Synesius, Letter 135

Synesius of Cyrene (c.370-c.413) was a Neo-Platonic philosopher who became bishop of Ptolemais in the Cyrenaica. He left behind a small corpus of texts that offer much information about daily life in Late Antiquity, and about the christianization of the Roman world.

The addressee of the letter that is offered here in the translation by A. Fitzgerald, was Synesius' brother, who lived in Ptolemais. About a quarter of the entire correspondence was directed to Euoptius: letters 51 (394), 55, 56, 54, 136, 135, 110 (all 396), the long letter 4 about a shipwreck in 397, 120, 104, 113 (401), 3, 35, 39, 32, 52, 65, 92, 106, 114, 109, 36 (all in 402), 127, 50, 18 (404), 125, 132 (405), 108, 107, 122, 95 (407), 53, 82, 84, 85, 86, 105 (409), 8, 87, 89 (411).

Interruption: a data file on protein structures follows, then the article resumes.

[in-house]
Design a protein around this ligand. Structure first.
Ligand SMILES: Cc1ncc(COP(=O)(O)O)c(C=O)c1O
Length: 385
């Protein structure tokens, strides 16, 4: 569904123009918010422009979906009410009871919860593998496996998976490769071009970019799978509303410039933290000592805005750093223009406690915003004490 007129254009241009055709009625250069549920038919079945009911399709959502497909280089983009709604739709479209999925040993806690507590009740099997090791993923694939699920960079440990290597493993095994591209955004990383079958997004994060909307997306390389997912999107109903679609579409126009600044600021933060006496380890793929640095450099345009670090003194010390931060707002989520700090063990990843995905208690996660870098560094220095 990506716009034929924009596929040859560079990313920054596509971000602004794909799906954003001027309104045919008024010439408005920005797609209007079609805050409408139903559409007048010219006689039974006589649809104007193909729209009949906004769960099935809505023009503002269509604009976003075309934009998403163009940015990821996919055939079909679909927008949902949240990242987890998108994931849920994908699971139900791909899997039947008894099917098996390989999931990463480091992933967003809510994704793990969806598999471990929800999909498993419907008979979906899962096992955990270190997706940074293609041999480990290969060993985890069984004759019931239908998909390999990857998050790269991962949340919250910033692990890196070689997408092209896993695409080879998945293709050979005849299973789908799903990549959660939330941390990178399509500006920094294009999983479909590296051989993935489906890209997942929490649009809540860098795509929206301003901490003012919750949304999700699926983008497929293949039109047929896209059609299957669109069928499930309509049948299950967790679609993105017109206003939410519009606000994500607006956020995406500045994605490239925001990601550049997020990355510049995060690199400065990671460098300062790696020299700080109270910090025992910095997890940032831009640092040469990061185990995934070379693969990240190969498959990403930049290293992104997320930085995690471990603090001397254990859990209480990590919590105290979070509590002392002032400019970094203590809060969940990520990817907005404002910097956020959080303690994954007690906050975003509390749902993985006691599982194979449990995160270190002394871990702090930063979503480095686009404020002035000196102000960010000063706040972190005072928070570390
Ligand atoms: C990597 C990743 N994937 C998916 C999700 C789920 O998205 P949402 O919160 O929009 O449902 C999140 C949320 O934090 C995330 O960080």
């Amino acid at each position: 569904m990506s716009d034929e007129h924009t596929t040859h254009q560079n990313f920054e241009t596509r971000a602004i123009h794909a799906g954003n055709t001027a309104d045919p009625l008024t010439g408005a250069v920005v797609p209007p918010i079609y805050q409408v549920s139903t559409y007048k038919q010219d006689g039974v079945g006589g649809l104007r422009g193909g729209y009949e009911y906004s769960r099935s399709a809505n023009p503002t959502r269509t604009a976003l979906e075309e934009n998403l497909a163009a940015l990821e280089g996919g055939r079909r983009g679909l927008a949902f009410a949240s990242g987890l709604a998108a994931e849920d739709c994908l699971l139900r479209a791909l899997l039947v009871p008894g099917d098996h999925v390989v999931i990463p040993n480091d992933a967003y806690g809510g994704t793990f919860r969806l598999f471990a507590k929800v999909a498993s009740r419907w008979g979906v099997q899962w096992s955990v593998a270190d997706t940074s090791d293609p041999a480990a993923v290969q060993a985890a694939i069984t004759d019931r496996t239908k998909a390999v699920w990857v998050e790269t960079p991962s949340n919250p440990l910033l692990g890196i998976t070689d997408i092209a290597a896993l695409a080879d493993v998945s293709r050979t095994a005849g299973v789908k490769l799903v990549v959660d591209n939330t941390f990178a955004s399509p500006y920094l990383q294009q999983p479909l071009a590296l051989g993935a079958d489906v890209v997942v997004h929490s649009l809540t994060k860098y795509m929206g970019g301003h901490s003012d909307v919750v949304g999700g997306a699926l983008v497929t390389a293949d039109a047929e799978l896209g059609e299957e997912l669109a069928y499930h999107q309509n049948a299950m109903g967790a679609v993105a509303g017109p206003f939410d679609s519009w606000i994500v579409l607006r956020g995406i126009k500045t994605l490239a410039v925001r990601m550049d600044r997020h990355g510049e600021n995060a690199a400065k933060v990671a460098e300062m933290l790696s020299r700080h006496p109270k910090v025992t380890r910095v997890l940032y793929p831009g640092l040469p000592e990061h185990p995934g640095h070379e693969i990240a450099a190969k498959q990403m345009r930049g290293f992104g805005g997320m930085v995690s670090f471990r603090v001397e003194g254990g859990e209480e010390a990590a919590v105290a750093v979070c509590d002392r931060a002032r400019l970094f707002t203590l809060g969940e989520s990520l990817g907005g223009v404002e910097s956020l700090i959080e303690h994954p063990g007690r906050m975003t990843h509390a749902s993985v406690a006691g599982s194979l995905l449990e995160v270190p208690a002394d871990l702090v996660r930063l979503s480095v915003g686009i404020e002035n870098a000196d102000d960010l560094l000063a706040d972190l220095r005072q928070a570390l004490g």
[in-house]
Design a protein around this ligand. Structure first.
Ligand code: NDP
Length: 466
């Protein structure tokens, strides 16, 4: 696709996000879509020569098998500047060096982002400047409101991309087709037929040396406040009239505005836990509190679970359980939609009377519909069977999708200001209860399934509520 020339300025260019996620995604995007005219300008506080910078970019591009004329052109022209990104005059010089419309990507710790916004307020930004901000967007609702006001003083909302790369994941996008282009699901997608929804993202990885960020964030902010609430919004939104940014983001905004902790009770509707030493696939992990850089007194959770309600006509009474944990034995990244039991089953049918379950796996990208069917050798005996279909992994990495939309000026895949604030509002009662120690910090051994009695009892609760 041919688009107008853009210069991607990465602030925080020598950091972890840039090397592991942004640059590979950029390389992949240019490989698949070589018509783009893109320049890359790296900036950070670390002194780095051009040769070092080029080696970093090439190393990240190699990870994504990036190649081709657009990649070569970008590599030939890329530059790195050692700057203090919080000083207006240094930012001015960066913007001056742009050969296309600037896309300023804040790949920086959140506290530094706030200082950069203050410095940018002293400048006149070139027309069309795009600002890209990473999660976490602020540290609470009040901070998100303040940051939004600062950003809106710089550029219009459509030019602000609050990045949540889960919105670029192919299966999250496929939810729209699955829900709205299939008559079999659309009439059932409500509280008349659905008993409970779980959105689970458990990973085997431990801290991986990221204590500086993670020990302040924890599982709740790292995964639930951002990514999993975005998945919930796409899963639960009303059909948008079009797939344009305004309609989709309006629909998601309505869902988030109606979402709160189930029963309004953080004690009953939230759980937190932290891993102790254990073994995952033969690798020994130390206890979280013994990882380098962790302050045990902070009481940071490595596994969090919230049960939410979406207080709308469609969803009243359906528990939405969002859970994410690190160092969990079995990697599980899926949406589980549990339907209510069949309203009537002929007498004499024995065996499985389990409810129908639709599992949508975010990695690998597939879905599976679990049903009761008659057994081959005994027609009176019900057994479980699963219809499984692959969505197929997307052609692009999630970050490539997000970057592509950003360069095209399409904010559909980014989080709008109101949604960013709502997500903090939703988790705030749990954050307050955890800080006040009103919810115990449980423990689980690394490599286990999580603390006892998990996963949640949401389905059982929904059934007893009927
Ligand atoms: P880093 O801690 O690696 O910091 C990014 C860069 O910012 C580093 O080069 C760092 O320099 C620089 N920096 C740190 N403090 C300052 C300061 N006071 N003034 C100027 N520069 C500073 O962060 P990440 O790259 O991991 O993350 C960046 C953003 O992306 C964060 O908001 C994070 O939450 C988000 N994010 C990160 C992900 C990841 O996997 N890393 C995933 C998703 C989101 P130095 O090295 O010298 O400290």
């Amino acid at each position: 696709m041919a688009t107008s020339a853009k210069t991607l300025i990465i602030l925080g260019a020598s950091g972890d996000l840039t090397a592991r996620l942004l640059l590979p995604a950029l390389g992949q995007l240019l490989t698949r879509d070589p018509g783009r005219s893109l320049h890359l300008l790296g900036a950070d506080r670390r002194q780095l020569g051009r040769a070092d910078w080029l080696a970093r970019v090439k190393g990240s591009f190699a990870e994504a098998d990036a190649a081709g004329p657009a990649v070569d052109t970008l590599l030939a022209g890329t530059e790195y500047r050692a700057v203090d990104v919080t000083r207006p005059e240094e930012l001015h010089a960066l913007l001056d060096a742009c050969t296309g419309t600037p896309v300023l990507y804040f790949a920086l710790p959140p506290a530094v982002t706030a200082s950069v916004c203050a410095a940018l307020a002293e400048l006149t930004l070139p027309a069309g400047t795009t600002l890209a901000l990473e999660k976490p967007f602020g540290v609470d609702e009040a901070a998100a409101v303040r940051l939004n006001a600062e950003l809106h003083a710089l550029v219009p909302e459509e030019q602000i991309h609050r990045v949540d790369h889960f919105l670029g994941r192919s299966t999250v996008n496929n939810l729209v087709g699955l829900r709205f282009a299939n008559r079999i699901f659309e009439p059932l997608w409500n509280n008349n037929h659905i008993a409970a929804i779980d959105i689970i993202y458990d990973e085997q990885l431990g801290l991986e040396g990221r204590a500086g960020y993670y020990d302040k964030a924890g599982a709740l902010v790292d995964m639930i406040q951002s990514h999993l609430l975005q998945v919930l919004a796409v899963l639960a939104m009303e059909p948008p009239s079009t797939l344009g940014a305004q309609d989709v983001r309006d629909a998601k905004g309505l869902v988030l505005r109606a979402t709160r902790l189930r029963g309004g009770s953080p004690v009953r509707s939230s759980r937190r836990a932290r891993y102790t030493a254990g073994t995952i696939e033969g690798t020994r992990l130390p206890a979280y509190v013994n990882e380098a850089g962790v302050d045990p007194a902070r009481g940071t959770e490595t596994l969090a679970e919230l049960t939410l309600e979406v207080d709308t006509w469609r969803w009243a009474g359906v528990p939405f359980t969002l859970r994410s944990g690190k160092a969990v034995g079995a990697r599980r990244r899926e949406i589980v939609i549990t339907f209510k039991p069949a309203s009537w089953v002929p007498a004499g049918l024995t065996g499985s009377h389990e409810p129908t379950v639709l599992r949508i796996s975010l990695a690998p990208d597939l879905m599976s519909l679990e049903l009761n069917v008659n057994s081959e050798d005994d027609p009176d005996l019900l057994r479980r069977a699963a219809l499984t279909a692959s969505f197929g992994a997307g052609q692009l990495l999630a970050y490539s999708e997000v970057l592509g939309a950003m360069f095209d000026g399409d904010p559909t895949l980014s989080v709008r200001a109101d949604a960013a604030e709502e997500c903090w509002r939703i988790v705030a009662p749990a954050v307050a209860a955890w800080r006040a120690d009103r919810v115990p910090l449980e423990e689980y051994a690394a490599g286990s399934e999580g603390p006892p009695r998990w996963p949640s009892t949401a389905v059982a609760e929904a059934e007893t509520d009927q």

Ancient text

Letter 135: A Recommendation

[1] To his Brother

Poemenius, who will give you this letter, was sent to us by Artabazaces, the man who was recently our governor, to take charge of all the property which he had acquired in these parts. In the performance of this task Poemenius showed himself gentle and considerate.

[2] And yet would any other man have used such an opportunity? No one in Libya groaned under the power of Poemenius during that time, and the best proof of this is the general regret that his departure caused. You will oblige me by giving him a warm reception, and by showing him all the consideration that his rectitude deserves.